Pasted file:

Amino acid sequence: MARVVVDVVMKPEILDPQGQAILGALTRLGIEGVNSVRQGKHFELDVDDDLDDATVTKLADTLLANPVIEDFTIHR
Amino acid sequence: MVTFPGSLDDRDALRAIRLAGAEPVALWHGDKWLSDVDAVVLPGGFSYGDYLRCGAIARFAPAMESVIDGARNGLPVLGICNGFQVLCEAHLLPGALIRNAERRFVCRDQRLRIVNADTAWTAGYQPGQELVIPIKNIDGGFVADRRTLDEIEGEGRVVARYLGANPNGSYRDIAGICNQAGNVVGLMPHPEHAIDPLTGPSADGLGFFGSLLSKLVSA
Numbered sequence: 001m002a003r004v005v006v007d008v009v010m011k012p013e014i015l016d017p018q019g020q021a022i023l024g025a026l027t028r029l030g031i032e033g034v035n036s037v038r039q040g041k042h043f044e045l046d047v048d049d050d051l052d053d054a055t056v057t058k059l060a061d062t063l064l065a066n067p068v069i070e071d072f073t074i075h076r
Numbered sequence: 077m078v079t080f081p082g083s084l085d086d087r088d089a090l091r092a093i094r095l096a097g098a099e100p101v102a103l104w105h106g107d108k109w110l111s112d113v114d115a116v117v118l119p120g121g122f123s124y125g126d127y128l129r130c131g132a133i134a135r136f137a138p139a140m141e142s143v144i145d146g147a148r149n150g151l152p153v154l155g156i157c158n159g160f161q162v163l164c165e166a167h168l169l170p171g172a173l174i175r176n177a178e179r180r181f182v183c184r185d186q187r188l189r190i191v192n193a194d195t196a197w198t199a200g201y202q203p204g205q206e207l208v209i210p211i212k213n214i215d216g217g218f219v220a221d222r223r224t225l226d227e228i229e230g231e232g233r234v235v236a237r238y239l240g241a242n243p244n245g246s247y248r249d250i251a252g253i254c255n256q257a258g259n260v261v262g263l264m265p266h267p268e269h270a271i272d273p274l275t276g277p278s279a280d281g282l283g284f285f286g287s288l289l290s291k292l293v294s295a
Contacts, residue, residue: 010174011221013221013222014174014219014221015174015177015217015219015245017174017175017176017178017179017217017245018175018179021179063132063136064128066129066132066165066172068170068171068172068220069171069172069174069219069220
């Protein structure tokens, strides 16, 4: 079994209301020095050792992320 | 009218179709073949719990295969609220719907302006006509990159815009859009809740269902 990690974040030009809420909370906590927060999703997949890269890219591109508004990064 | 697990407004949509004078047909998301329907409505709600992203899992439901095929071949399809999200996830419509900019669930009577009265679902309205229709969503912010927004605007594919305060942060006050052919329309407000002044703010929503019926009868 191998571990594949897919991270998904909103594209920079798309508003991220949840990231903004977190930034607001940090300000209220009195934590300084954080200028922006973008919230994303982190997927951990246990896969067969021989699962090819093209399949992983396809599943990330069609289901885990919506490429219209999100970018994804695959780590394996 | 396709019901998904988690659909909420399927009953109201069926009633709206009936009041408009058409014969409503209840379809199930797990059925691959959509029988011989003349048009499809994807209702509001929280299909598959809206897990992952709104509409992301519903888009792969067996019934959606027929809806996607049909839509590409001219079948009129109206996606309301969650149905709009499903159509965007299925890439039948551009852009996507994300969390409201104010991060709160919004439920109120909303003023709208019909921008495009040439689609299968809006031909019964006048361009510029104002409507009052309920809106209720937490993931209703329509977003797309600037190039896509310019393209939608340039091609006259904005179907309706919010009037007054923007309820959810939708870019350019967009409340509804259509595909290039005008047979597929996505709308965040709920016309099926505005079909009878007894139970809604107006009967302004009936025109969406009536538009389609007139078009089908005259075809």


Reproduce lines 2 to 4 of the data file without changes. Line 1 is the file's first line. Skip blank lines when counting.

Amino acid sequence: MVTFPGSLDDRDALRAIRLAGAEPVALWHGDKWLSDVDAVVLPGGFSYGDYLRCGAIARFAPAMESVIDGARNGLPVLGICNGFQVLCEAHLLPGALIRNAERRFVCRDQRLRIVNADTAWTAGYQPGQELVIPIKNIDGGFVADRRTLDEIEGEGRVVARYLGANPNGSYRDIAGICNQAGNVVGLMPHPEHAIDPLTGPSADGLGFFGSLLSKLVSA
Numbered sequence: 001m002a003r004v005v006v007d008v009v010m011k012p013e014i015l016d017p018q019g020q021a022i023l024g025a026l027t028r029l030g031i032e033g034v035n036s037v038r039q040g041k042h043f044e045l046d047v048d049d050d051l052d053d054a055t056v057t058k059l060a061d062t063l064l065a066n067p068v069i070e071d072f073t074i075h076r
Numbered sequence: 077m078v079t080f081p082g083s084l085d086d087r088d089a090l091r092a093i094r095l096a097g098a099e100p101v102a103l104w105h106g107d108k109w110l111s112d113v114d115a116v117v118l119p120g121g122f123s124y125g126d127y128l129r130c131g132a133i134a135r136f137a138p139a140m141e142s143v144i145d146g147a148r149n150g151l152p153v154l155g156i157c158n159g160f161q162v163l164c165e166a167h168l169l170p171g172a173l174i175r176n177a178e179r180r181f182v183c184r185d186q187r188l189r190i191v192n193a194d195t196a197w198t199a200g201y202q203p204g205q206e207l208v209i210p211i212k213n214i215d216g217g218f219v220a221d222r223r224t225l226d227e228i229e230g231e232g233r234v235v236a237r238y239l240g241a242n243p244n245g246s247y248r249d250i251a252g253i254c255n256q257a258g259n260v261v262g263l264m265p266h267p268e269h270a271i272d273p274l275t276g277p278s279a280d281g282l283g284f285f286g287s288l289l290s291k292l293v294s295a